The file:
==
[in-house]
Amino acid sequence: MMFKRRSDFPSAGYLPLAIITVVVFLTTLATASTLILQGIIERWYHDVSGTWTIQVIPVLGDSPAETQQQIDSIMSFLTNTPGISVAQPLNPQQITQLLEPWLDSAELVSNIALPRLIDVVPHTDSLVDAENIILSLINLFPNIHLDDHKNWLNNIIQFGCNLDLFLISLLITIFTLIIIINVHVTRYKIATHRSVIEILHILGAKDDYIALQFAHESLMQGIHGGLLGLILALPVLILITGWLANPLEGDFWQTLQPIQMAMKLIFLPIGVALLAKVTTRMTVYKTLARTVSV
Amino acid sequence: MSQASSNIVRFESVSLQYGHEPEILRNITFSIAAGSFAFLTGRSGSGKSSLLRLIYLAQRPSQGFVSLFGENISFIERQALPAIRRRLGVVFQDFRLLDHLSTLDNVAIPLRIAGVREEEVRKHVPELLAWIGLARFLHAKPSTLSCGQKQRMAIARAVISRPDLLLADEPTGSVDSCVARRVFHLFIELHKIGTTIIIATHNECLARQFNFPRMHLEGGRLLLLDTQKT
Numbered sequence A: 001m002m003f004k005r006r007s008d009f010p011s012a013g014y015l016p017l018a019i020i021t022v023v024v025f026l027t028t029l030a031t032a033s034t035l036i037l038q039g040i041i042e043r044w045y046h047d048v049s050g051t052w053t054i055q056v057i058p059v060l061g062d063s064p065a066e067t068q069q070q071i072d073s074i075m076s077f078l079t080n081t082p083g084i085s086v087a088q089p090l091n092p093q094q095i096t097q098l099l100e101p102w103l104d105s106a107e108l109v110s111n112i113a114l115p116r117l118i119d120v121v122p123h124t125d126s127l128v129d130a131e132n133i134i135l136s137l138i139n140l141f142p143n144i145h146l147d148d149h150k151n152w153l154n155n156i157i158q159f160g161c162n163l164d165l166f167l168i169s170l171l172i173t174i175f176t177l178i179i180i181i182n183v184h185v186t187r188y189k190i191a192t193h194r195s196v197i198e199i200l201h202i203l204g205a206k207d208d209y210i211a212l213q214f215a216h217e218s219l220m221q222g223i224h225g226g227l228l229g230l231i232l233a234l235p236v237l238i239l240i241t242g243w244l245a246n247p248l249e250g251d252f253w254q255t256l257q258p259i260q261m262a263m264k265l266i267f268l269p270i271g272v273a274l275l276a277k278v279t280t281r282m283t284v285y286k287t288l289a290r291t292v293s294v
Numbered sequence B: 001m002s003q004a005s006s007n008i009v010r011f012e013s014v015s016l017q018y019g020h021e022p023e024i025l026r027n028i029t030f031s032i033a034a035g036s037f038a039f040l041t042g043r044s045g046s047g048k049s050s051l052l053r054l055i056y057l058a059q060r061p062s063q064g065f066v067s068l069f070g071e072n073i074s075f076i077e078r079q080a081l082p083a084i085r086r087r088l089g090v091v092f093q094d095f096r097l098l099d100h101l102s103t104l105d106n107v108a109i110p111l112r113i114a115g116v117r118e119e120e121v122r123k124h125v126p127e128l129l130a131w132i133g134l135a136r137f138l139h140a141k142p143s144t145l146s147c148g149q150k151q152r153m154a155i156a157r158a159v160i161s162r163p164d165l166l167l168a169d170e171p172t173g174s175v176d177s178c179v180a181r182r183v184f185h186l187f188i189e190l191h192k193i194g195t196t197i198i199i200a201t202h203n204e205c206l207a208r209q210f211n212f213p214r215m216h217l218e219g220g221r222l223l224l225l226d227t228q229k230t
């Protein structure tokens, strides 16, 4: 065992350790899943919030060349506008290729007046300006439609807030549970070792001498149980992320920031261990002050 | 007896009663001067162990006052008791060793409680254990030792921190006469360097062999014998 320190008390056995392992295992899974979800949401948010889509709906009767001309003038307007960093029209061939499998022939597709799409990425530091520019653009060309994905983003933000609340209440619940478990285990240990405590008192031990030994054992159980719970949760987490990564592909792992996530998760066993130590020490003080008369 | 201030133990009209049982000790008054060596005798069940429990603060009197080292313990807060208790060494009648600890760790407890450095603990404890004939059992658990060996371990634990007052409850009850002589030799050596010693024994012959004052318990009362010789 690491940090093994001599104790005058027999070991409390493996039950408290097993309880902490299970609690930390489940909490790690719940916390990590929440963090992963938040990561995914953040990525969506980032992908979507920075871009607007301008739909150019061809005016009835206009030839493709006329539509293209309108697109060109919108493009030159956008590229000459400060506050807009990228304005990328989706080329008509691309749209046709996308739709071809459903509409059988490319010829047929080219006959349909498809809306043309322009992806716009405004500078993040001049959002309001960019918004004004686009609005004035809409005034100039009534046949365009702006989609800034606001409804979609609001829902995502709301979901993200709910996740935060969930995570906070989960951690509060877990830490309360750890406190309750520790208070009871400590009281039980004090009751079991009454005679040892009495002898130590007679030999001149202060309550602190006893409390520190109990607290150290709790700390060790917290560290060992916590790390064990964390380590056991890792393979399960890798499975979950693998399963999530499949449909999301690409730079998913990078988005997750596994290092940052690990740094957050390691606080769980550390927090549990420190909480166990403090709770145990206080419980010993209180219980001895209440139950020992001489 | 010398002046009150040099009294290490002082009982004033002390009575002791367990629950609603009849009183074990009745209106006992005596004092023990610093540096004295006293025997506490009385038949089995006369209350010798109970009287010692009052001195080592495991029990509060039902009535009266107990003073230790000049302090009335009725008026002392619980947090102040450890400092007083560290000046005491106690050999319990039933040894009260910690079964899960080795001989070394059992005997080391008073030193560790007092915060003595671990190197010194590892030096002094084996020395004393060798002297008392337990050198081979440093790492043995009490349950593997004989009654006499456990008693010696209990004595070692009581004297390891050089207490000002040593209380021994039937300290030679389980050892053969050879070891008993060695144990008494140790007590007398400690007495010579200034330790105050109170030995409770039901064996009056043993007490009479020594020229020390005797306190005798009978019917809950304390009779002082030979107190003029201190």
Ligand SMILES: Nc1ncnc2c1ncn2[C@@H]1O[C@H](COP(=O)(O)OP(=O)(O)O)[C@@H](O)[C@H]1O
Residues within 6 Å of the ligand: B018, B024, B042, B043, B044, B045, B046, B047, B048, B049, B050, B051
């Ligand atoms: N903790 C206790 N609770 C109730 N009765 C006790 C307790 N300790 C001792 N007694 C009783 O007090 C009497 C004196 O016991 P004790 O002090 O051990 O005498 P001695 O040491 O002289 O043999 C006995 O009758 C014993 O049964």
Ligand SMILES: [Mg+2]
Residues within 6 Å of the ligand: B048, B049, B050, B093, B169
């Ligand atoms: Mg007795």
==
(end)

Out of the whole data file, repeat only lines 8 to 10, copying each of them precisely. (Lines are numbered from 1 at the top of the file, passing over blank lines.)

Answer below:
Residues within 6 Å of the ligand: B018, B024, B042, B043, B044, B045, B046, B047, B048, B049, B050, B051
């Ligand atoms: N903790 C206790 N609770 C109730 N009765 C006790 C307790 N300790 C001792 N007694 C009783 O007090 C009497 C004196 O016991 P004790 O002090 O051990 O005498 P001695 O040491 O002289 O043999 C006995 O009758 C014993 O049964």
Ligand SMILES: [Mg+2]